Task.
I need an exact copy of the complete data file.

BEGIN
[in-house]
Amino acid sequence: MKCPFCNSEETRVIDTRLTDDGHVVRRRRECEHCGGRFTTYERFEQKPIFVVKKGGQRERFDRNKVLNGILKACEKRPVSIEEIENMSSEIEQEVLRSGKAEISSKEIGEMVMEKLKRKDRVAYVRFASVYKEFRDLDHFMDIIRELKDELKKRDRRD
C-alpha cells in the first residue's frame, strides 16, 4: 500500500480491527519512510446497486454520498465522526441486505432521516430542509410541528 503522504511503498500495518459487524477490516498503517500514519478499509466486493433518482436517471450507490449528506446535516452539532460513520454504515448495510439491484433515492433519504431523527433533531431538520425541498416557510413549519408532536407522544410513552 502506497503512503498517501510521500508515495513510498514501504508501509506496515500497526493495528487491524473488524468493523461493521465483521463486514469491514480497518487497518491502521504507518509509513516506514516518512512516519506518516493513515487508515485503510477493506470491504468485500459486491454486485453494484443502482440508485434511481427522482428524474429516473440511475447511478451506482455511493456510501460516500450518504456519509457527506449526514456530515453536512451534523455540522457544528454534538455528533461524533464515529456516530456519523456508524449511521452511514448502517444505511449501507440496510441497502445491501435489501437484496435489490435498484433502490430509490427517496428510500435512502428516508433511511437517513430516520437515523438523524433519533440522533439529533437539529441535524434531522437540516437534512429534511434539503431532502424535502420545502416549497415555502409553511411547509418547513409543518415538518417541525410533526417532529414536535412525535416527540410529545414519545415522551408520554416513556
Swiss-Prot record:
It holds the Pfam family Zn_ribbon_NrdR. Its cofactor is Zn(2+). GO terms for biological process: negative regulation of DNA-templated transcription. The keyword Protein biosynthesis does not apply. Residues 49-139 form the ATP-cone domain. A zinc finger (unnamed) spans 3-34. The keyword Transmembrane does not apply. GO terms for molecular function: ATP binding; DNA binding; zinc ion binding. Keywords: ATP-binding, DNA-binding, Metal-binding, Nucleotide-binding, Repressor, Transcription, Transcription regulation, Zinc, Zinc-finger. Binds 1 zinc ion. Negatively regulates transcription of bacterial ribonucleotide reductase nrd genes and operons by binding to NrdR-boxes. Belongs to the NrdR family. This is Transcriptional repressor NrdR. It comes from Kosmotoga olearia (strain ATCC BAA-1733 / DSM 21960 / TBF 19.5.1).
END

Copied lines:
[in-house]
Amino acid sequence: MKCPFCNSEETRVIDTRLTDDGHVVRRRRECEHCGGRFTTYERFEQKPIFVVKKGGQRERFDRNKVLNGILKACEKRPVSIEEIENMSSEIEQEVLRSGKAEISSKEIGEMVMEKLKRKDRVAYVRFASVYKEFRDLDHFMDIIRELKDELKKRDRRD
C-alpha cells in the first residue's frame, strides 16, 4: 500500500480491527519512510446497486454520498465522526441486505432521516430542509410541528 503522504511503498500495518459487524477490516498503517500514519478499509466486493433518482436517471450507490449528506446535516452539532460513520454504515448495510439491484433515492433519504431523527433533531431538520425541498416557510413549519408532536407522544410513552 502506497503512503498517501510521500508515495513510498514501504508501509506496515500497526493495528487491524473488524468493523461493521465483521463486514469491514480497518487497518491502521504507518509509513516506514516518512512516519506518516493513515487508515485503510477493506470491504468485500459486491454486485453494484443502482440508485434511481427522482428524474429516473440511475447511478451506482455511493456510501460516500450518504456519509457527506449526514456530515453536512451534523455540522457544528454534538455528533461524533464515529456516530456519523456508524449511521452511514448502517444505511449501507440496510441497502445491501435489501437484496435489490435498484433502490430509490427517496428510500435512502428516508433511511437517513430516520437515523438523524433519533440522533439529533437539529441535524434531522437540516437534512429534511434539503431532502424535502420545502416549497415555502409553511411547509418547513409543518415538518417541525410533526417532529414536535412525535416527540410529545414519545415522551408520554416513556
Swiss-Prot record:
It holds the Pfam family Zn_ribbon_NrdR. Its cofactor is Zn(2+). GO terms for biological process: negative regulation of DNA-templated transcription. The keyword Protein biosynthesis does not apply. Residues 49-139 form the ATP-cone domain. A zinc finger (unnamed) spans 3-34. The keyword Transmembrane does not apply. GO terms for molecular function: ATP binding; DNA binding; zinc ion binding. Keywords: ATP-binding, DNA-binding, Metal-binding, Nucleotide-binding, Repressor, Transcription, Transcription regulation, Zinc, Zinc-finger. Binds 1 zinc ion. Negatively regulates transcription of bacterial ribonucleotide reductase nrd genes and operons by binding to NrdR-boxes. Belongs to the NrdR family. This is Transcriptional repressor NrdR. It comes from Kosmotoga olearia (strain ATCC BAA-1733 / DSM 21960 / TBF 19.5.1).